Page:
High school students, social media and the illusion of free speech
On November 20, Knight Foundation released a new report, “High School Student Views On The First Amendment: Trends in the 21st Century.” Joan Donovan shares insights below. For more insights, read this post by Knight’s Evette Alexander and this post by Dr. Emily Chamlee-Wright.
By Joan Donovan
In the recent Knight Foundation report on “ High School Student Views on the First Amendment, “ researchers surveyed U.S. students across different demographics to gain an understanding of how they view First Amendment protections. Overall, they find that for the last 15 years, student support for First Amendment has increased; however, if you look closely within different groups, support wanes among girls and students of color. What could explain these differences?
Since the first survey in 2004, students have grappled with the role social media has come to play in their lives. Social media is roundly considered a crucial place for self-expression, and in the last 15 years, important social revolutions have taken shape through social media. But the online world has also introduced tremendous individual harms as young people struggle with racism, sexism, LGBTQ discrimination and religious intolerance.
According to a study conducted by the Data & Society Research Institute, women, LGBTQ and people of color have shouldered much of the burden of online harassment in comparison to their white male counterparts. In 2016, students also saw the rise of a national white supremacist movement, who contorted the principal values of the First Amendment to justify calling for what is effectively genocide. We don’t have the same norms for online speech as we do for offline.
While students have not been routinely surveyed on their views about extremist speech online, the preliminary findings from Wihbey and Foucault Welles are telling:
It is not necessarily contradictory that students both support First Amendment protections for hate speech, while also calling on social media companies to use their algorithms as gatekeepers. Social media platforms provide the illusion of free speech.
While the concept of “speech” presupposes that someone is listening, posting to social media is no guarantee that anyone will see your post. That is to say, while anyone with an internet connection can use social media, algorithms largely determine who engages with particular posts. It is not the case that speech is unmitigated online, but rather speech is mediated by technological design. It is plausible that students expect social media companies to take up similar editorial roles that news organizations held in the past.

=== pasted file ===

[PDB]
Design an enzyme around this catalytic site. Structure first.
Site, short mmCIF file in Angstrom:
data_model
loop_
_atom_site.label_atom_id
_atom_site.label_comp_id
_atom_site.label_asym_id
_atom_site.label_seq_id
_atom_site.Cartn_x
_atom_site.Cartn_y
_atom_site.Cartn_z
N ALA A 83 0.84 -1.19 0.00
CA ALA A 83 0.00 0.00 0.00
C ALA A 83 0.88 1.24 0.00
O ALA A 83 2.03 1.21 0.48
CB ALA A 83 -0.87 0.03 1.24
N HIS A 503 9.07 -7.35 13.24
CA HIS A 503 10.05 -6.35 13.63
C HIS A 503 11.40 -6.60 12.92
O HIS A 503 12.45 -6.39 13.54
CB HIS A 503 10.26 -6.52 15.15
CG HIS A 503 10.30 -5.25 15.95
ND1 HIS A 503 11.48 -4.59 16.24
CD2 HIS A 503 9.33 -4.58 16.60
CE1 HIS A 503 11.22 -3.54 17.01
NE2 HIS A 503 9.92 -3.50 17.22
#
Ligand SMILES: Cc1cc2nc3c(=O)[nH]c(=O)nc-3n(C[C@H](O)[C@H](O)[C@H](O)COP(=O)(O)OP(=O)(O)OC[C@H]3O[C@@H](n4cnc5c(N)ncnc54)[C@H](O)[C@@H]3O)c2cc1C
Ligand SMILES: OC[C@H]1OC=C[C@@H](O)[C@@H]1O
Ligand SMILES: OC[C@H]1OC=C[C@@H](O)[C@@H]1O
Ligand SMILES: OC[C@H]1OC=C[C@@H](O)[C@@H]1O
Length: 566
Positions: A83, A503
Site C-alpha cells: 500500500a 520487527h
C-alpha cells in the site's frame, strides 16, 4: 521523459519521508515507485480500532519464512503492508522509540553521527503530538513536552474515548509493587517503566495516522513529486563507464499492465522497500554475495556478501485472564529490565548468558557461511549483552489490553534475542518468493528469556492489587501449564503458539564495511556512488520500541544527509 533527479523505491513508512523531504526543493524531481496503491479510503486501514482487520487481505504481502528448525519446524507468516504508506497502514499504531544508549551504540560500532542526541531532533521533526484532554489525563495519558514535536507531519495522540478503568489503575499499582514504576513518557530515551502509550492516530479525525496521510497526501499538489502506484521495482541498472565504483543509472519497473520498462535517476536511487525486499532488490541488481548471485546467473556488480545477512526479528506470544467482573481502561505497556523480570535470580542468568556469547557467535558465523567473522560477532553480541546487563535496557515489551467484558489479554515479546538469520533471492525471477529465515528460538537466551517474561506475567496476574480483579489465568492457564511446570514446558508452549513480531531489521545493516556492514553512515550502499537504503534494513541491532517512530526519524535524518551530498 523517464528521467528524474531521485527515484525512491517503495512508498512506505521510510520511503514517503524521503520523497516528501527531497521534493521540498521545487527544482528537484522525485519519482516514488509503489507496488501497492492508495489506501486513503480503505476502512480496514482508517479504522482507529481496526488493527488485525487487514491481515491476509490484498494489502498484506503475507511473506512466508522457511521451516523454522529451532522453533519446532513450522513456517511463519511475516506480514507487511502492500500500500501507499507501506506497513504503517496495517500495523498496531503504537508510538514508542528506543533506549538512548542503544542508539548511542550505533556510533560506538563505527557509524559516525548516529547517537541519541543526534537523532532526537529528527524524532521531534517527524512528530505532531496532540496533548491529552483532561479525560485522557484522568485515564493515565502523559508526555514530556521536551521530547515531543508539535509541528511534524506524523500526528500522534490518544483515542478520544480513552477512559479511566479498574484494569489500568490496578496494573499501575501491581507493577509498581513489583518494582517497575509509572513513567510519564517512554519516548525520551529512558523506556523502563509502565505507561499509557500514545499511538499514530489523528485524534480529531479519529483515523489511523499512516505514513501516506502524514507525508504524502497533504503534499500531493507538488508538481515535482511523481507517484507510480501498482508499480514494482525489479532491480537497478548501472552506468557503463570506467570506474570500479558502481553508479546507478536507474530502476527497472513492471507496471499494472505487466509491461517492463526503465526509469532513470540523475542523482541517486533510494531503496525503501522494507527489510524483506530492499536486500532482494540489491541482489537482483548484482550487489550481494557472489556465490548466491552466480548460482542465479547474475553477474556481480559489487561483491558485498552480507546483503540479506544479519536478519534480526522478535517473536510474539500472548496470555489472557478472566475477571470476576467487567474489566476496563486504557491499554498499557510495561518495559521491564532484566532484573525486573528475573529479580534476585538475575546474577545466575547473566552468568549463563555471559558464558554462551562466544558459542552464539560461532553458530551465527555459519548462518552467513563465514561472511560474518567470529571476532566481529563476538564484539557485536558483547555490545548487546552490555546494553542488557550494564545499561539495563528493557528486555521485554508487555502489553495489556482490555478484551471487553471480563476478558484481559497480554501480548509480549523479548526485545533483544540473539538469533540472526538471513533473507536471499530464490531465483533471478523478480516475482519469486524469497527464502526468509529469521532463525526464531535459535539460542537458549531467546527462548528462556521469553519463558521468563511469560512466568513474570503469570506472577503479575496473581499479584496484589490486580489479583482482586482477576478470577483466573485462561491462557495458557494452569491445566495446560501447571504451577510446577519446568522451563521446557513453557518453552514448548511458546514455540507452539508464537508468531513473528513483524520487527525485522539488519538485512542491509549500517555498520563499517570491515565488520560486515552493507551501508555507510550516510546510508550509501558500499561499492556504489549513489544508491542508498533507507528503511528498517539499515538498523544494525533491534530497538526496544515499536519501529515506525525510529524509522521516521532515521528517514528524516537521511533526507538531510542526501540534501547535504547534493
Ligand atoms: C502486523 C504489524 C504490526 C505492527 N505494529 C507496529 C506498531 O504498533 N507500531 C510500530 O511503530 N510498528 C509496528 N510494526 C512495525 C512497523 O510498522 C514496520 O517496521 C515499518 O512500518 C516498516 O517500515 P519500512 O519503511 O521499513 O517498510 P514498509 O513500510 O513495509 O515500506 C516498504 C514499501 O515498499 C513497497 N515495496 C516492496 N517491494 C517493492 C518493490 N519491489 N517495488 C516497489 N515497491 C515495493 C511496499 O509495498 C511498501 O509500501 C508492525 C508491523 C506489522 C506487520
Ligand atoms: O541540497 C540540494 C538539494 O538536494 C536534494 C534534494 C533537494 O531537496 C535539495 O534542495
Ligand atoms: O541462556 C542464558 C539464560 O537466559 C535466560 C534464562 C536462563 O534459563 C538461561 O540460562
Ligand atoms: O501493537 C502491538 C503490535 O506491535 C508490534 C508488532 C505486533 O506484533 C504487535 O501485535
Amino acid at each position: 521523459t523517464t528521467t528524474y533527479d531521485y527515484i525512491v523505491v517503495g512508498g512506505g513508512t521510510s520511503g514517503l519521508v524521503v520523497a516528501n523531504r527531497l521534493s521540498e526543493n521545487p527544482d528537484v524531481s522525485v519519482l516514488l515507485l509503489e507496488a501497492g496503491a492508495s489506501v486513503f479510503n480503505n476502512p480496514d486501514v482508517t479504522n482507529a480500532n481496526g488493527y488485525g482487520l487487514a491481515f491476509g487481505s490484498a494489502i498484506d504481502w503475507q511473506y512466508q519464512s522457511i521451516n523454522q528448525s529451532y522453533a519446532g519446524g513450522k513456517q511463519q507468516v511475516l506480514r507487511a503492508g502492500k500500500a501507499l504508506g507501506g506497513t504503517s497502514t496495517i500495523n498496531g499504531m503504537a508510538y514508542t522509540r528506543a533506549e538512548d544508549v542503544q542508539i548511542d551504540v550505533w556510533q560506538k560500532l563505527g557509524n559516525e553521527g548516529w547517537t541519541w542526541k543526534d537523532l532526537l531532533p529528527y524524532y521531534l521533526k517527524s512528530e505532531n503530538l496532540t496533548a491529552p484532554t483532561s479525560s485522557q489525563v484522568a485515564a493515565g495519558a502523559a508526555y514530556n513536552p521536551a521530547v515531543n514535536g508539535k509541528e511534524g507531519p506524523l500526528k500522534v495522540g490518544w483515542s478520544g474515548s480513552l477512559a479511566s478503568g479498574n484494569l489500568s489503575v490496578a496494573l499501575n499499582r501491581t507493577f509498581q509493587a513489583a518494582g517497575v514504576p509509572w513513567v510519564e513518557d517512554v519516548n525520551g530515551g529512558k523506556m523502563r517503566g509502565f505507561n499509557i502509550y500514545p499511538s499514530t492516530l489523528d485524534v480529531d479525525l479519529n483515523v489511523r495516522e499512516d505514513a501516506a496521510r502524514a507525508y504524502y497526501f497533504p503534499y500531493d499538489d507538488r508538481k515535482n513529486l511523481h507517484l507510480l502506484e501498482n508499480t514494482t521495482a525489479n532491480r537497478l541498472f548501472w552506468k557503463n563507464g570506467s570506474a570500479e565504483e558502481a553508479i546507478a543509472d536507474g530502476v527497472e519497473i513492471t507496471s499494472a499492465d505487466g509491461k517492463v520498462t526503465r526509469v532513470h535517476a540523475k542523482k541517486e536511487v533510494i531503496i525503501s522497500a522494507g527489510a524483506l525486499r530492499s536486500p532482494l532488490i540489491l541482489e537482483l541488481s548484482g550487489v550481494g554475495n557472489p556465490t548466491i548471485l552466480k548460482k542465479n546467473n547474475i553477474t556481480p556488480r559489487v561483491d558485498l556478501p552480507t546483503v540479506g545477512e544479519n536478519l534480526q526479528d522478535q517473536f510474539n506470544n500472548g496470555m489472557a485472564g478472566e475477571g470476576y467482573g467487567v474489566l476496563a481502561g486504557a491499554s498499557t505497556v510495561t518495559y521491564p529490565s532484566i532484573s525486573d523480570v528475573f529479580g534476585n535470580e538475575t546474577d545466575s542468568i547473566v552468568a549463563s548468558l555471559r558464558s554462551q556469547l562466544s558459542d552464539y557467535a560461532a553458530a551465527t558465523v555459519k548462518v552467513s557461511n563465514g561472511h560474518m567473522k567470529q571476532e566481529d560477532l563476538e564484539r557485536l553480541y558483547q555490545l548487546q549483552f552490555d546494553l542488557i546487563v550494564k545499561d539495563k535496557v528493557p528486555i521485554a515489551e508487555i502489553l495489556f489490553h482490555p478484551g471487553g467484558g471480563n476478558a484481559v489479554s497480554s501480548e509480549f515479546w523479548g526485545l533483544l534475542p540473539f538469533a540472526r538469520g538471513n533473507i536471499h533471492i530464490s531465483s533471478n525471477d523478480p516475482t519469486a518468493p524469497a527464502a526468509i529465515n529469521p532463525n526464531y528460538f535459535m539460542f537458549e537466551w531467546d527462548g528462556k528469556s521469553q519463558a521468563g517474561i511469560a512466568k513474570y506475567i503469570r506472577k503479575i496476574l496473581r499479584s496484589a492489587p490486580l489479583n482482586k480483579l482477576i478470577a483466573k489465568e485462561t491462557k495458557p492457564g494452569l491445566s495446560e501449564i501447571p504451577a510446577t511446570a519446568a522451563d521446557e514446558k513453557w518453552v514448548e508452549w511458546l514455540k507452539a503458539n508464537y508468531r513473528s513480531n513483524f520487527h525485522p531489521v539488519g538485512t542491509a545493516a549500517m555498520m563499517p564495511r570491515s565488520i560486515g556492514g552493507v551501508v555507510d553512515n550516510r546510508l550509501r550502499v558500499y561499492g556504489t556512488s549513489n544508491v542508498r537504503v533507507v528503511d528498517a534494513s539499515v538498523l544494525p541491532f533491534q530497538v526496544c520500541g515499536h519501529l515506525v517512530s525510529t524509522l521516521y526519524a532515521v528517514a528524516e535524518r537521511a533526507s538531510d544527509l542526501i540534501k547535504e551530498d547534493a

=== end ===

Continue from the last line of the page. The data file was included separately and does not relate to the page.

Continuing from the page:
Further, the researchers find:
Future studies should ask more questions about the role anonymity plays in shaping conceptions of free speech historically. Within the U.S., anonymity is thought to insulate citizens from consequences for unpopular political speech. Online though, anonymity also provides a cover for harassment. While shaming is a normal response to disagreements during face-to-face conversation, online it is difficult to hold others accountable for derogatory behavior.
However, despite popular belief, anonymity is increasingly harder to maintain with social media companies’ data collection practices. If students are concerned with the new gatekeeping role of platform companies, they should also understand how platforms sometimes rely on First Amendment in order to avoid governing speech entirely, which leaves the responsibility on users to sort it out. And yet, these high schoolers are right to be cautious, due to the lack of norms for speech online, some individuals do go too far by attacking or dragging others when spreading harassment campaigns.
Because this is the first generation of students to grow up with widespread access to broadband internet and social media, they are confronting a whole new world of communication, where the norms of speech are in flux. None of us logically expected speech from five or 10 years ago to be available within a few clicks. As such, new conceptions of liberty and freedom must reckon with the long-tail of accountability and justice, where the things we posted in high school might come back to bite us.
Despite the First Amendment’s promise to protect speech from government interference, speech has never been free of social consequences. Many restrictions on speech come from the contexts that govern our behavior at a given time. For example, in a classroom, we are expected to remain quiet and observing; to speak when asked for a reply; and to raise a hand to signal a question.
Social media is a new context for many young people, and the rules of behavior there have yet to be fully established. Because of the First Amendment, it may not be the government’s place to set those rules, but it’s in society’s interest to have them.
Dr. Joan Donovan is the Director of the Technology and Social Change Research Project at Harvard Kennedy School’s Shorenstein Center for Media, Politics and Public Policy